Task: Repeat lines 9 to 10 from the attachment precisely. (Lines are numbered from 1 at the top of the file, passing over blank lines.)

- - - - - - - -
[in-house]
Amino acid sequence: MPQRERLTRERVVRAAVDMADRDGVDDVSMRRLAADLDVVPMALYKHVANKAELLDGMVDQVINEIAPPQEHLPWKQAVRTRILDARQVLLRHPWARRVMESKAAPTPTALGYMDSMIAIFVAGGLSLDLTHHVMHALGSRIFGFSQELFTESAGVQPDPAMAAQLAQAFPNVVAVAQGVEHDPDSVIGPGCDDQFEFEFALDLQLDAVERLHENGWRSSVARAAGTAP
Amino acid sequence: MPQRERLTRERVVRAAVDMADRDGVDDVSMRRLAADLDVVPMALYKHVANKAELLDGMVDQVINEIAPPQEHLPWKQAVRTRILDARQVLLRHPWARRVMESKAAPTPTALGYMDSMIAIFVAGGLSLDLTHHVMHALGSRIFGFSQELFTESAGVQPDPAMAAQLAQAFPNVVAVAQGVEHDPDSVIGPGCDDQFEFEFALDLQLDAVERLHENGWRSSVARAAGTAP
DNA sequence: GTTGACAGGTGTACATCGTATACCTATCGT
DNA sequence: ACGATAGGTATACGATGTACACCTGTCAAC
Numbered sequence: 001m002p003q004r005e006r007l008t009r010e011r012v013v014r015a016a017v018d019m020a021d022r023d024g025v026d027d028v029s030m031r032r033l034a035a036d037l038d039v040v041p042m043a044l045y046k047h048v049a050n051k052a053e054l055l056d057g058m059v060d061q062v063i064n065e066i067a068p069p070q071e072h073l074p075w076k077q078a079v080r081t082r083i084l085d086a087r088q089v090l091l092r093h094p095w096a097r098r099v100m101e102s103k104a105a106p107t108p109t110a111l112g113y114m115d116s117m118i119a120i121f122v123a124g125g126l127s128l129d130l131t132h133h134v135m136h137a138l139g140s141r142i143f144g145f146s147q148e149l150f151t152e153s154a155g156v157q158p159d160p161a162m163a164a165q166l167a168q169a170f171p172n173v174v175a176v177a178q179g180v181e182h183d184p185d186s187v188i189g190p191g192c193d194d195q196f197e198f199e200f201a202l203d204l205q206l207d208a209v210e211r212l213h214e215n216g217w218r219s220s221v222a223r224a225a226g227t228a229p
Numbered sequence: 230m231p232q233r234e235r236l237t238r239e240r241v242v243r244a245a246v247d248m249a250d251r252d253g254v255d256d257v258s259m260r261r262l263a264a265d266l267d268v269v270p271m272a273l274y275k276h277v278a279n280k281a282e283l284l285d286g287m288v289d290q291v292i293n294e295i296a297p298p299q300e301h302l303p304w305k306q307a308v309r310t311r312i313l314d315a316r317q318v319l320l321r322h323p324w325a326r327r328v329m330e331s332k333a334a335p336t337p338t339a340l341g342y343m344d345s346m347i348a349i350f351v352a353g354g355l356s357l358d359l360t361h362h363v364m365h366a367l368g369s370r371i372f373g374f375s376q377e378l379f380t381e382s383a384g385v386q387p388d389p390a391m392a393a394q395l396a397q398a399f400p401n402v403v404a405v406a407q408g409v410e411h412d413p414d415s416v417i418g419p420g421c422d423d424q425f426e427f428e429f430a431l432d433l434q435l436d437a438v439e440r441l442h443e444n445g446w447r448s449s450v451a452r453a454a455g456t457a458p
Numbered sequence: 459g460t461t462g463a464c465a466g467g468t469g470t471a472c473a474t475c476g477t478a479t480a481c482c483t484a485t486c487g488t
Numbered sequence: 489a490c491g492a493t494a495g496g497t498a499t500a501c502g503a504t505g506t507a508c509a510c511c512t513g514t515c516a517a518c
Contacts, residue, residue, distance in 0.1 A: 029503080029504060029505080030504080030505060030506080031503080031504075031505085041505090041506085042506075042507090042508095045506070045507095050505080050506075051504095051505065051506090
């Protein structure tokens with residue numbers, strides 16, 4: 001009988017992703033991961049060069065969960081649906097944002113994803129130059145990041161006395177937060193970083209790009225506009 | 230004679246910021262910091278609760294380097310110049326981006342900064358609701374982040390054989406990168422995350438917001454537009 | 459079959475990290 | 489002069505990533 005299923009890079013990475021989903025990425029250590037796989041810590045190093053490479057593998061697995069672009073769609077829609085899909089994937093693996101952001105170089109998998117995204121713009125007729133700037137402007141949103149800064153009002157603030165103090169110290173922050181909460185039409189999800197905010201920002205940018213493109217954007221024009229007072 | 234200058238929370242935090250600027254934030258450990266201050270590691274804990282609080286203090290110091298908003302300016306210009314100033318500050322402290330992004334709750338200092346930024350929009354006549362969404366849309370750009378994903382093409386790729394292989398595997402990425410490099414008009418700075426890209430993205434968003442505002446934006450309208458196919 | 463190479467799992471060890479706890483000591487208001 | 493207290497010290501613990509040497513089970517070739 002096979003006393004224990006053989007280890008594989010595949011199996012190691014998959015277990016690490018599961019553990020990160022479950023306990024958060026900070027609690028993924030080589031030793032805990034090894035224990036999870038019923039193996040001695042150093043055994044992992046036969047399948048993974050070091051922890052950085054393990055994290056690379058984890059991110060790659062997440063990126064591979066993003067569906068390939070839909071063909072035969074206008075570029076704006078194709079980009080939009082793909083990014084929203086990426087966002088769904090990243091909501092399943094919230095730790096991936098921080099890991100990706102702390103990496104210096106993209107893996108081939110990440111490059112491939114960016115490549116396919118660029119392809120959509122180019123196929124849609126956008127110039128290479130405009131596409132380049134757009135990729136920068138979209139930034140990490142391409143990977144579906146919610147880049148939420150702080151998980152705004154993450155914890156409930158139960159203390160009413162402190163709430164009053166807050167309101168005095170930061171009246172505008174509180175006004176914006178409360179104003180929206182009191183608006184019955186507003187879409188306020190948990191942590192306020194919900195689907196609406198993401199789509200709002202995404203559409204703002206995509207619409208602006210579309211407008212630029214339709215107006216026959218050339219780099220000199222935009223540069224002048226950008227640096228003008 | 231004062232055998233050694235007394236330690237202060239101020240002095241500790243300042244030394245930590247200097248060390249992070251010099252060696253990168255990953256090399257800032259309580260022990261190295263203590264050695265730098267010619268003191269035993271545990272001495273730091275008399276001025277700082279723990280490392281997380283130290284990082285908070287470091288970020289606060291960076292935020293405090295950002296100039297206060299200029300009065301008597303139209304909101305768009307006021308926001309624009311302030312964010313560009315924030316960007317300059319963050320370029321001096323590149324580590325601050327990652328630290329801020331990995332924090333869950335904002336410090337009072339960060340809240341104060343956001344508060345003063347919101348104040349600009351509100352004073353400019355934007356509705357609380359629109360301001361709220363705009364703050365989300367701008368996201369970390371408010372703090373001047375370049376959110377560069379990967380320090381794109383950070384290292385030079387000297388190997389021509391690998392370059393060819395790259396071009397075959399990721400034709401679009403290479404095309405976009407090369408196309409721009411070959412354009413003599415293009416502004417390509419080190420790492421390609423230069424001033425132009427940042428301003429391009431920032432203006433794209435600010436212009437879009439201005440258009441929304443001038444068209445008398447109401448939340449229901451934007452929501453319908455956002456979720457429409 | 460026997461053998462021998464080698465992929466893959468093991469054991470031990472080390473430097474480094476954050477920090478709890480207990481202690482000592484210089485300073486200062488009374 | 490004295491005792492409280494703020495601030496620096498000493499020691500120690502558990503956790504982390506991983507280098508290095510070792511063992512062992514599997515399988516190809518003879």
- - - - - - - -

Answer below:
Numbered sequence: 489a490c491g492a493t494a495g496g497t498a499t500a501c502g503a504t505g506t507a508c509a510c511c512t513g514t515c516a517a518c
Contacts, residue, residue, distance in 0.1 A: 029503080029504060029505080030504080030505060030506080031503080031504075031505085041505090041506085042506075042507090042508095045506070045507095050505080050506075051504095051505065051506090